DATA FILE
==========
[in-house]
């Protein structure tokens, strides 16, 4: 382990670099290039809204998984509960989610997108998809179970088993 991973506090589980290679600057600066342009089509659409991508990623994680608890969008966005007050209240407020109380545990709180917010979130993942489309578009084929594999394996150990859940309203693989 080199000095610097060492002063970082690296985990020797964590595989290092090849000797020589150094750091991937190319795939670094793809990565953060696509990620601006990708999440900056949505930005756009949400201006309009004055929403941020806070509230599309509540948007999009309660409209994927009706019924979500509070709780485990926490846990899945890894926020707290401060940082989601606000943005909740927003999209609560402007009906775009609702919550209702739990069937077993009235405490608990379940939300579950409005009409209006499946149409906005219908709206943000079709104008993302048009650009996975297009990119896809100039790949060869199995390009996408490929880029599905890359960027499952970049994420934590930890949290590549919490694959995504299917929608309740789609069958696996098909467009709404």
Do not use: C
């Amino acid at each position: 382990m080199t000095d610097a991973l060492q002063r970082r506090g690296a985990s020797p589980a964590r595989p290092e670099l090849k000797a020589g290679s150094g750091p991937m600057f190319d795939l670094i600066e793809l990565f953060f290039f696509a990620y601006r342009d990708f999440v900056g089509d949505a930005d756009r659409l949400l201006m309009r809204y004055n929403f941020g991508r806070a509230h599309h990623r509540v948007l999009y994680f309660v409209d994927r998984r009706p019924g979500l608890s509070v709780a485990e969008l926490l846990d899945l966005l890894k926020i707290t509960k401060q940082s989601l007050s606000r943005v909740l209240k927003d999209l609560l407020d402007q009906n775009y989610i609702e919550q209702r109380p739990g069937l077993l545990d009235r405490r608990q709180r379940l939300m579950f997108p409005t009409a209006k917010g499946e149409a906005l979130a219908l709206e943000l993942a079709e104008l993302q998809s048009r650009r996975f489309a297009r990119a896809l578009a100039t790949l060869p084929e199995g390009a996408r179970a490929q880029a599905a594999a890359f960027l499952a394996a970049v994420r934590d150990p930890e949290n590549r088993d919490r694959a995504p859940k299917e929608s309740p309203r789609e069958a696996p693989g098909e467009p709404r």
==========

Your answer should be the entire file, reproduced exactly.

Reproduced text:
[in-house]
């Protein structure tokens, strides 16, 4: 382990670099290039809204998984509960989610997108998809179970088993 991973506090589980290679600057600066342009089509659409991508990623994680608890969008966005007050209240407020109380545990709180917010979130993942489309578009084929594999394996150990859940309203693989 080199000095610097060492002063970082690296985990020797964590595989290092090849000797020589150094750091991937190319795939670094793809990565953060696509990620601006990708999440900056949505930005756009949400201006309009004055929403941020806070509230599309509540948007999009309660409209994927009706019924979500509070709780485990926490846990899945890894926020707290401060940082989601606000943005909740927003999209609560402007009906775009609702919550209702739990069937077993009235405490608990379940939300579950409005009409209006499946149409906005219908709206943000079709104008993302048009650009996975297009990119896809100039790949060869199995390009996408490929880029599905890359960027499952970049994420934590930890949290590549919490694959995504299917929608309740789609069958696996098909467009709404």
Do not use: C
């Amino acid at each position: 382990m080199t000095d610097a991973l060492q002063r970082r506090g690296a985990s020797p589980a964590r595989p290092e670099l090849k000797a020589g290679s150094g750091p991937m600057f190319d795939l670094i600066e793809l990565f953060f290039f696509a990620y601006r342009d990708f999440v900056g089509d949505a930005d756009r659409l949400l201006m309009r809204y004055n929403f941020g991508r806070a509230h599309h990623r509540v948007l999009y994680f309660v409209d994927r998984r009706p019924g979500l608890s509070v709780a485990e969008l926490l846990d899945l966005l890894k926020i707290t509960k401060q940082s989601l007050s606000r943005v909740l209240k927003d999209l609560l407020d402007q009906n775009y989610i609702e919550q209702r109380p739990g069937l077993l545990d009235r405490r608990q709180r379940l939300m579950f997108p409005t009409a209006k917010g499946e149409a906005l979130a219908l709206e943000l993942a079709e104008l993302q998809s048009r650009r996975f489309a297009r990119a896809l578009a100039t790949l060869p084929e199995g390009a996408r179970a490929q880029a599905a594999a890359f960027l499952a394996a970049v994420r934590d150990p930890e949290n590549r088993d919490r694959a995504p859940k299917e929608s309740p309203r789609e069958a696996p693989g098909e467009p709404r």